Q? What Parish Councils are not?
A: Whilst a Parish Council can exercise influence, it does not have the final say in matters such as highways and planning, but will represent the Parish’s interests. It is neither political nor sectarian.

Q? How does the Parish Council work?
A: Parish Council business is only conducted at its main council meeting or at a committee meeting. All decisions must be taken at these meetings or delegated to others (clerk or councillors) at those meetings. Parish councillors can only speak for the parish council if a decision has been previously made. Decisions are taken as ‘resolutions’ which are voted on by those councillors present.
Working groups can be formed of councillors and members of the public to deal with projects and single issues and make recommendations to the main council.

Q? Where and when does the Parish Council meet?
A: Combe St Nicholas Parish Council meets on the last Monday of every month in the Combe St Nicholas Village Hall at 7.30pm. See website for upcoming meetings.

Q? Can I attend Parish Council meetings?
A: Yes, every parish council meeting and committee meeting is open to members of the public. The council can however exclude the public from all or part of a meeting if the item is a confidential business transaction or for other special reasons. These exclusions are rarely used and the reasons are always documented.
Meeting agendas must be published at least 3 clear days prior to a meeting (excluding Sundays and public holidays). Details of all meetings agendas and draft minutes are posted on our website and on noticeboards in the village centre.

Q? Can I speak at a Parish Council meeting?
A: Yes, there is always an item for public questions at the start of every meeting. If you feel your matter needs to go onto the agenda please let the Clerk know at least a week in advance.

Q? Can I see the minutes of Parish Council meetings?
A: Yes, all current and past agendas and minutes of parish council and committee meetings are available on the parish council website. Under the Freedom of Information Act 2000 you may see and have a copy of the ‘recorded’ information held by the council (unless it is classed as exempt information in the Act). This includes reports, minutes and correspondence. The information has to be provided within 20 working days. There may be a photocopying charge for hard copies.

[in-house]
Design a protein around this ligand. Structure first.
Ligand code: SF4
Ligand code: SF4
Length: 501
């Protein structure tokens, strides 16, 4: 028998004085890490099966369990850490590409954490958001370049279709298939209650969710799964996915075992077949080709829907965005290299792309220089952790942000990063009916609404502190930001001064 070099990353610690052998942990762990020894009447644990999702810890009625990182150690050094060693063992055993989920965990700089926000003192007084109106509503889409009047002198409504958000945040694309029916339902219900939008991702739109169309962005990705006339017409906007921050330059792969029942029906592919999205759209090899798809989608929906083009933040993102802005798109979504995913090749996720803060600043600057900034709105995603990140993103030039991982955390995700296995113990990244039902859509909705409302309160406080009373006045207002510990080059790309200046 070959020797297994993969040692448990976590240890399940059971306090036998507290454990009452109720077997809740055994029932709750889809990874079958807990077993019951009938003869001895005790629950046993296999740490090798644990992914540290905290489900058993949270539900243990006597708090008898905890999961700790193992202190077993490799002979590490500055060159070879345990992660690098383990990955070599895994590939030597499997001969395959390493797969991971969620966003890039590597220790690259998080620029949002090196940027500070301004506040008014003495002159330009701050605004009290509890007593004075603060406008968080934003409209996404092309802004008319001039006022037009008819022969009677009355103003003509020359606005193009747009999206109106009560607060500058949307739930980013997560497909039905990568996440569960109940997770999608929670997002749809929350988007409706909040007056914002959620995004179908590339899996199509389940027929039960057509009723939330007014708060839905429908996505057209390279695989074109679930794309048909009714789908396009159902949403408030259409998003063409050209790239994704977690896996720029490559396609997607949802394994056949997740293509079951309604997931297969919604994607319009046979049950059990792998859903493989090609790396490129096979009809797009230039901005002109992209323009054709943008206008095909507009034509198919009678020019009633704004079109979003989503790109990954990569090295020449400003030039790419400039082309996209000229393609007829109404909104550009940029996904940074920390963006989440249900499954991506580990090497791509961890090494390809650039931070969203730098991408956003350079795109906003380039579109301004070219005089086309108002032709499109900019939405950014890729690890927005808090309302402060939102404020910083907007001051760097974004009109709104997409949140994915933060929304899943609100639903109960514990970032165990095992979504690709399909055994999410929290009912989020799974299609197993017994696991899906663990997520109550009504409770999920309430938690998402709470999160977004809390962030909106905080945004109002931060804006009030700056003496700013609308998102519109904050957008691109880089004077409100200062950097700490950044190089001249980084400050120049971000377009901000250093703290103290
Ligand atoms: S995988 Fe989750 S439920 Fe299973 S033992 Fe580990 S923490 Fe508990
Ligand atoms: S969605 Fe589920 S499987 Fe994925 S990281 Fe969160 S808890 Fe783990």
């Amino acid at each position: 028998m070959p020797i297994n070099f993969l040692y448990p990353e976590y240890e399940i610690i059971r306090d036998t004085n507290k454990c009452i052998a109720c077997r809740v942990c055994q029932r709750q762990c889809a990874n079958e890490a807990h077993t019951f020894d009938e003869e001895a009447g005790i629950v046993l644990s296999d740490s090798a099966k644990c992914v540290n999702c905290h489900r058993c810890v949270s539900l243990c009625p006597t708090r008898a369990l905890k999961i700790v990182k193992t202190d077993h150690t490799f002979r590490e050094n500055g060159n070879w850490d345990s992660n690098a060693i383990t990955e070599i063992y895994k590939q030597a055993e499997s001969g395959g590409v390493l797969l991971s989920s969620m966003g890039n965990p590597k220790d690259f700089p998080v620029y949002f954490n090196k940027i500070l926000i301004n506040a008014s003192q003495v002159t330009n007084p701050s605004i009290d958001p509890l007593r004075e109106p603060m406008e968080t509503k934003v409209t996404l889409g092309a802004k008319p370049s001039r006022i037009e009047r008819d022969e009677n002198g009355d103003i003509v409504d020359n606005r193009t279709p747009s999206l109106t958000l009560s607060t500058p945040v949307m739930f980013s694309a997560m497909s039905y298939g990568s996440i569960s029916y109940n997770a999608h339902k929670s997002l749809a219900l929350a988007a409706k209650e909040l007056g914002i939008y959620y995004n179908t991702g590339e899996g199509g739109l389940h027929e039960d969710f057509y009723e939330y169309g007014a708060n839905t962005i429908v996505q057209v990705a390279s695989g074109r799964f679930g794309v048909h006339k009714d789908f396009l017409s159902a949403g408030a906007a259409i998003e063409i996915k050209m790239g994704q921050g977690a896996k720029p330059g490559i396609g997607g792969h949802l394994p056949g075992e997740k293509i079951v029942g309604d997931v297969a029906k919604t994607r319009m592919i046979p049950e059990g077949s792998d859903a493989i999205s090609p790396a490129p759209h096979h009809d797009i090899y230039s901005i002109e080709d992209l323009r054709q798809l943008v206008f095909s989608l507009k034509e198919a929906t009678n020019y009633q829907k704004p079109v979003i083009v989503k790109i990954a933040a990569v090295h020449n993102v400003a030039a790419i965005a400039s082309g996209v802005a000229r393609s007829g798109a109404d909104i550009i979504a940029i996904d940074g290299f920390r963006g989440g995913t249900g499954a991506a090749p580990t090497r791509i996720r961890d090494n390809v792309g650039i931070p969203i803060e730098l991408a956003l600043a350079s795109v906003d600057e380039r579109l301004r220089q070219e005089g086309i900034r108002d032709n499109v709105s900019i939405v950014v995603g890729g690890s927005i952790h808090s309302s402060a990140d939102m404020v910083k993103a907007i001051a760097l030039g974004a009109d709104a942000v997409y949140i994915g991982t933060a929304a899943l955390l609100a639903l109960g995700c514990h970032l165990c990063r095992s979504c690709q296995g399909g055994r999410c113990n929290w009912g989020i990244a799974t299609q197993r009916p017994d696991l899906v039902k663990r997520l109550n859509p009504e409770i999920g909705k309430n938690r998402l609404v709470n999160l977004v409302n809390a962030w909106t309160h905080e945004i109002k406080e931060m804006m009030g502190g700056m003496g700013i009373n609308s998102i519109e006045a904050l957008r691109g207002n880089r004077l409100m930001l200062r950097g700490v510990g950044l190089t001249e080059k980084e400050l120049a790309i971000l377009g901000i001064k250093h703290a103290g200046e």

Q? How do I become a Parish Councillor?
A: SDC organises elections every 4 years (the next one is due in 2023) when all existing Councillors must stand down. There are 10 seats in Combe St Nicholas Parish Council. An election is held if more than 10 people apply to stand; if 10 or fewer people stand those candidates are automatically elected and no formal election takes place. During the 4-year term there may be occasions when Councillors decide to resign and so a vacancy notice is published. There is a set 14-day (excluding weekends and bank holidays) period during which ten residents would need to contact the SDC Returning Officer to hold an election. If this doesn’t happen then the Council is able to co-opt someone onto the Council.

Q? Are Parish Councillors paid?
A: No, it is a purely voluntary role. Councillors may sometimes claim expenses e.g. mileage, telephone calls.

Q? What are Standing Orders?
A: These are the set of rules that govern the Parish Council. A copy is available on our website and on request.

Q? What is the Code of Conduct?
A: All Councillors are bound by a Code of Conduct during meetings and when acting as a member of the Council. At other times it is expected that councillors take account of public perceptions when acting as a private individual.

Q? What is a Pecuniary Interest?
A: A Pecuniary Interest is defined in The Relevant Authorities Disclosable Pecuniary Interests (DPI) Regulations 2012 and relates mainly to financial and property ownership interests. All councillors are required to complete a Register of Interests within 28 days of appointment. The Register of Interests is required so the public know when there may be a conflict of interests when making council decisions. Failure to register a disclosable interest is a criminal offence. Councillors are required by law to declare DPI’s relating to both themselves and their partner. The DPI register for Combe St Nicholas Parish Councillors can be viewed on the Parish Council website.

Q? What does Quorate mean?